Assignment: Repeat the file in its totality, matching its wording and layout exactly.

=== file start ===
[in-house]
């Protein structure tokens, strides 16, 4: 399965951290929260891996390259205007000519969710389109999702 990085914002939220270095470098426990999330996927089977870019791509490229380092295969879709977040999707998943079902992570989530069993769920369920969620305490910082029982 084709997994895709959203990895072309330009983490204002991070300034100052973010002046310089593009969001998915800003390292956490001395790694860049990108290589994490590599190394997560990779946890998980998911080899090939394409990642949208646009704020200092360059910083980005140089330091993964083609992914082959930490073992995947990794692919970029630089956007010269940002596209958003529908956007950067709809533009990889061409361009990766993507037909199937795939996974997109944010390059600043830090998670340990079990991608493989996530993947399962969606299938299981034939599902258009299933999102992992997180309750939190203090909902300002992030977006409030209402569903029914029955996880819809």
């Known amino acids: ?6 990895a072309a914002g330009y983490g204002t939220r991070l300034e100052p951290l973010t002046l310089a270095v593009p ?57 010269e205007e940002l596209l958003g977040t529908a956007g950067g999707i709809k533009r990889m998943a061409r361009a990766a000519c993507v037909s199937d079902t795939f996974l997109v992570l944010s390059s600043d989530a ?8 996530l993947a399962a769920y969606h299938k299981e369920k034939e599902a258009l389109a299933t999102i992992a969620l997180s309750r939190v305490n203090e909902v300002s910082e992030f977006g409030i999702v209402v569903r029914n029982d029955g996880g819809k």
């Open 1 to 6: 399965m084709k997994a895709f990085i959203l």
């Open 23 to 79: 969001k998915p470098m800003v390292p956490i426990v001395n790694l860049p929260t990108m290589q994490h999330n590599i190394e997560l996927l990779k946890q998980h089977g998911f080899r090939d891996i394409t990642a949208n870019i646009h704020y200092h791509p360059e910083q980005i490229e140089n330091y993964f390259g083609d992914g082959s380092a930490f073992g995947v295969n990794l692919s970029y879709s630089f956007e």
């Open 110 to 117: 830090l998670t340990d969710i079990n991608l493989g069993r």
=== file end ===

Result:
[in-house]
């Protein structure tokens, strides 16, 4: 399965951290929260891996390259205007000519969710389109999702 990085914002939220270095470098426990999330996927089977870019791509490229380092295969879709977040999707998943079902992570989530069993769920369920969620305490910082029982 084709997994895709959203990895072309330009983490204002991070300034100052973010002046310089593009969001998915800003390292956490001395790694860049990108290589994490590599190394997560990779946890998980998911080899090939394409990642949208646009704020200092360059910083980005140089330091993964083609992914082959930490073992995947990794692919970029630089956007010269940002596209958003529908956007950067709809533009990889061409361009990766993507037909199937795939996974997109944010390059600043830090998670340990079990991608493989996530993947399962969606299938299981034939599902258009299933999102992992997180309750939190203090909902300002992030977006409030209402569903029914029955996880819809």
């Known amino acids: ?6 990895a072309a914002g330009y983490g204002t939220r991070l300034e100052p951290l973010t002046l310089a270095v593009p ?57 010269e205007e940002l596209l958003g977040t529908a956007g950067g999707i709809k533009r990889m998943a061409r361009a990766a000519c993507v037909s199937d079902t795939f996974l997109v992570l944010s390059s600043d989530a ?8 996530l993947a399962a769920y969606h299938k299981e369920k034939e599902a258009l389109a299933t999102i992992a969620l997180s309750r939190v305490n203090e909902v300002s910082e992030f977006g409030i999702v209402v569903r029914n029982d029955g996880g819809k």
């Open 1 to 6: 399965m084709k997994a895709f990085i959203l």
């Open 23 to 79: 969001k998915p470098m800003v390292p956490i426990v001395n790694l860049p929260t990108m290589q994490h999330n590599i190394e997560l996927l990779k946890q998980h089977g998911f080899r090939d891996i394409t990642a949208n870019i646009h704020y200092h791509p360059e910083q980005i490229e140089n330091y993964f390259g083609d992914g082959s380092a930490f073992g995947v295969n990794l692919s970029y879709s630089f956007e």
């Open 110 to 117: 830090l998670t340990d969710i079990n991608l493989g069993r």